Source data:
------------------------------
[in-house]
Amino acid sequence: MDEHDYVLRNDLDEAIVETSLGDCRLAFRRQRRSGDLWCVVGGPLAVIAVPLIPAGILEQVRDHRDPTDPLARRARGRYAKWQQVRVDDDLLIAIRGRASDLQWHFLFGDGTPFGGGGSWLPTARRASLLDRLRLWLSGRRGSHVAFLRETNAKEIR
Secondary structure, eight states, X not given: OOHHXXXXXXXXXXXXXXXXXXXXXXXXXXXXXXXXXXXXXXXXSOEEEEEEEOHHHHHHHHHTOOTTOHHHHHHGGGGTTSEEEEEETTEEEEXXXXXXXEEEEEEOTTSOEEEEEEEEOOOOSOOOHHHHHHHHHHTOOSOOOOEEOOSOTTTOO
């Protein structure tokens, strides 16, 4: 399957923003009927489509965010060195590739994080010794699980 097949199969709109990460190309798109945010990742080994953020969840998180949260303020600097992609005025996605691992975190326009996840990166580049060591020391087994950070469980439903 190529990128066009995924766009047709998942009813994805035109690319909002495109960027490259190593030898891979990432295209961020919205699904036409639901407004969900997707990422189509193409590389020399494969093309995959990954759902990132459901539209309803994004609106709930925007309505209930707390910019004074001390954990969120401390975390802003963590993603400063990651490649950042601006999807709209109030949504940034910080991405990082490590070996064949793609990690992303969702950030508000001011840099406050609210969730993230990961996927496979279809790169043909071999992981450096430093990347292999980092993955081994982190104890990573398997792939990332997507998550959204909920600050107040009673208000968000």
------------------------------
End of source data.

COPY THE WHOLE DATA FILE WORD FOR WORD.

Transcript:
[in-house]
Amino acid sequence: MDEHDYVLRNDLDEAIVETSLGDCRLAFRRQRRSGDLWCVVGGPLAVIAVPLIPAGILEQVRDHRDPTDPLARRARGRYAKWQQVRVDDDLLIAIRGRASDLQWHFLFGDGTPFGGGGSWLPTARRASLLDRLRLWLSGRRGSHVAFLRETNAKEIR
Secondary structure, eight states, X not given: OOHHXXXXXXXXXXXXXXXXXXXXXXXXXXXXXXXXXXXXXXXXSOEEEEEEEOHHHHHHHHHTOOTTOHHHHHHGGGGTTSEEEEEETTEEEEXXXXXXXEEEEEEOTTSOEEEEEEEEOOOOSOOOHHHHHHHHHHTOOSOOOOEEOOSOTTTOO
């Protein structure tokens, strides 16, 4: 399957923003009927489509965010060195590739994080010794699980 097949199969709109990460190309798109945010990742080994953020969840998180949260303020600097992609005025996605691992975190326009996840990166580049060591020391087994950070469980439903 190529990128066009995924766009047709998942009813994805035109690319909002495109960027490259190593030898891979990432295209961020919205699904036409639901407004969900997707990422189509193409590389020399494969093309995959990954759902990132459901539209309803994004609106709930925007309505209930707390910019004074001390954990969120401390975390802003963590993603400063990651490649950042601006999807709209109030949504940034910080991405990082490590070996064949793609990690992303969702950030508000001011840099406050609210969730993230990961996927496979279809790169043909071999992981450096430093990347292999980092993955081994982190104890990573398997792939990332997507998550959204909920600050107040009673208000968000």